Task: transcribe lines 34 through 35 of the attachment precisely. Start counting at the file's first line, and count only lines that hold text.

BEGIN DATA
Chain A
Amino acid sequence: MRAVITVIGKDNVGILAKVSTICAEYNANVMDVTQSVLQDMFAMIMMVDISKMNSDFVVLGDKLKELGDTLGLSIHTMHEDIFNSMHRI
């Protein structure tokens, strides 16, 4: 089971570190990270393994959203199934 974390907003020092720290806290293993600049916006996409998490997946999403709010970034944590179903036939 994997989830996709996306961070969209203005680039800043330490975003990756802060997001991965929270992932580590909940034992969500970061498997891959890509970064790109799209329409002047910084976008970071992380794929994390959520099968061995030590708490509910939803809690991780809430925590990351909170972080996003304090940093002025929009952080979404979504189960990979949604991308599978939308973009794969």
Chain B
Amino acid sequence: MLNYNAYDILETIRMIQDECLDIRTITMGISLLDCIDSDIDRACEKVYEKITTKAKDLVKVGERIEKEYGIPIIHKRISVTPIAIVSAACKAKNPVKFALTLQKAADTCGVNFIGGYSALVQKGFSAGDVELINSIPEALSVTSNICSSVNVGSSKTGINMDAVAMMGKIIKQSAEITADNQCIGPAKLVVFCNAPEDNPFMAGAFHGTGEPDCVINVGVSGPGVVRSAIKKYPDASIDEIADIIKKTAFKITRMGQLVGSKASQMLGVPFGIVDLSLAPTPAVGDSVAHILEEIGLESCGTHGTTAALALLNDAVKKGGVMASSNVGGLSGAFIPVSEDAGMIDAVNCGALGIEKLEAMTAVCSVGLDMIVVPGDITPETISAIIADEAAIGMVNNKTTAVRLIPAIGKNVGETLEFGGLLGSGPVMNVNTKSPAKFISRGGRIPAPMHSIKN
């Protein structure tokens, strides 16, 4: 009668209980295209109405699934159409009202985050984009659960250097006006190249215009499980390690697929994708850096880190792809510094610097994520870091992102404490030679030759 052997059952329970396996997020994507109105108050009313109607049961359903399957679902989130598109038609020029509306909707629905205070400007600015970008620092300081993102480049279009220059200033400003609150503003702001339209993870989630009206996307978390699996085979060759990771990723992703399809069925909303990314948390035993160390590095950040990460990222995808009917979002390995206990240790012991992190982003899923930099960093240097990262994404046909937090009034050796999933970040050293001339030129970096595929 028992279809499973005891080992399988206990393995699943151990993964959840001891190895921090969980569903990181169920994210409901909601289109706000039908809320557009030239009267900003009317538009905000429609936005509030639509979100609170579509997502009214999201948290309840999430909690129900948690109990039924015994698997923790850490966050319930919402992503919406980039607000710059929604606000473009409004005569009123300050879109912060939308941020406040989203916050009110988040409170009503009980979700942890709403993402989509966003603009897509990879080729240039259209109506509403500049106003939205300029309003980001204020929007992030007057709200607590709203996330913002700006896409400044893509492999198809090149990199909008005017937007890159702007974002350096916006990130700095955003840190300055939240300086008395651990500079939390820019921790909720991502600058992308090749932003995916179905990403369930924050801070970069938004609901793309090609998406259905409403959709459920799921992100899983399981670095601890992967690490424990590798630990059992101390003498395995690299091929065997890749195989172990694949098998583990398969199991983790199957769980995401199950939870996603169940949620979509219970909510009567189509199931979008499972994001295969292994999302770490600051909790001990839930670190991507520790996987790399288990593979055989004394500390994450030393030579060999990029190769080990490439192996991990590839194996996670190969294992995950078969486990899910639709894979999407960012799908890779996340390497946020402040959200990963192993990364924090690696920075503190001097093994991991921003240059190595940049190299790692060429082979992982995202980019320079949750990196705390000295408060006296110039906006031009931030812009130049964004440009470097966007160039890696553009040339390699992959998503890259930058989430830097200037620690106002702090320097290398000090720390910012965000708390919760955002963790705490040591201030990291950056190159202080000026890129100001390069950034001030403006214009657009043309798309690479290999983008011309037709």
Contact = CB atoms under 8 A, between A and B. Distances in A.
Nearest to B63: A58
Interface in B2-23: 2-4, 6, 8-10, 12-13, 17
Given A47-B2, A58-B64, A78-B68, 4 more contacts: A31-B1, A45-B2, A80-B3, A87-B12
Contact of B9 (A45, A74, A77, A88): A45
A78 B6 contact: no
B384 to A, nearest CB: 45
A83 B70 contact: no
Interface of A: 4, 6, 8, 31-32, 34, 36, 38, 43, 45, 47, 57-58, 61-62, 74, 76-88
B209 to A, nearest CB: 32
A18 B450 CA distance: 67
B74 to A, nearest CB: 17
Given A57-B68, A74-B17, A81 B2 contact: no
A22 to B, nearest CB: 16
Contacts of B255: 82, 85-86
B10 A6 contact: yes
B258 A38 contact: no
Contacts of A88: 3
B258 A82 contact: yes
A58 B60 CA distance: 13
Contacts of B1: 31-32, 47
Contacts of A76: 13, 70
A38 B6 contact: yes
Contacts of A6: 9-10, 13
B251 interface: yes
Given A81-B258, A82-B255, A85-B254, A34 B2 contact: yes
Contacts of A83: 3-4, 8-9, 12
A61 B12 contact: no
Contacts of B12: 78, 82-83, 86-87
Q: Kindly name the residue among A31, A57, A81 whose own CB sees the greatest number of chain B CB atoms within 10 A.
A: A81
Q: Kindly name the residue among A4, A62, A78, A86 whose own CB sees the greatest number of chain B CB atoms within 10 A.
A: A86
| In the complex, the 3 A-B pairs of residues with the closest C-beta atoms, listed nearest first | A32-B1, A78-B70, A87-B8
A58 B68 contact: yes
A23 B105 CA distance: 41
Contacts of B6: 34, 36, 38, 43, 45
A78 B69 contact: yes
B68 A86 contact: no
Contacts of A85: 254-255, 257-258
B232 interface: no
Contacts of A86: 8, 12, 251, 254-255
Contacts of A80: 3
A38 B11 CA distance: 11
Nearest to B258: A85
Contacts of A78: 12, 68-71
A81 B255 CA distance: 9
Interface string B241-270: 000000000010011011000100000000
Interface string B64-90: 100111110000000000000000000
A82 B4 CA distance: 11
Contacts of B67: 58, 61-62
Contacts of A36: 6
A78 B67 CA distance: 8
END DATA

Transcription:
A61 B12 contact: no
Contacts of B12: 78, 82-83, 86-87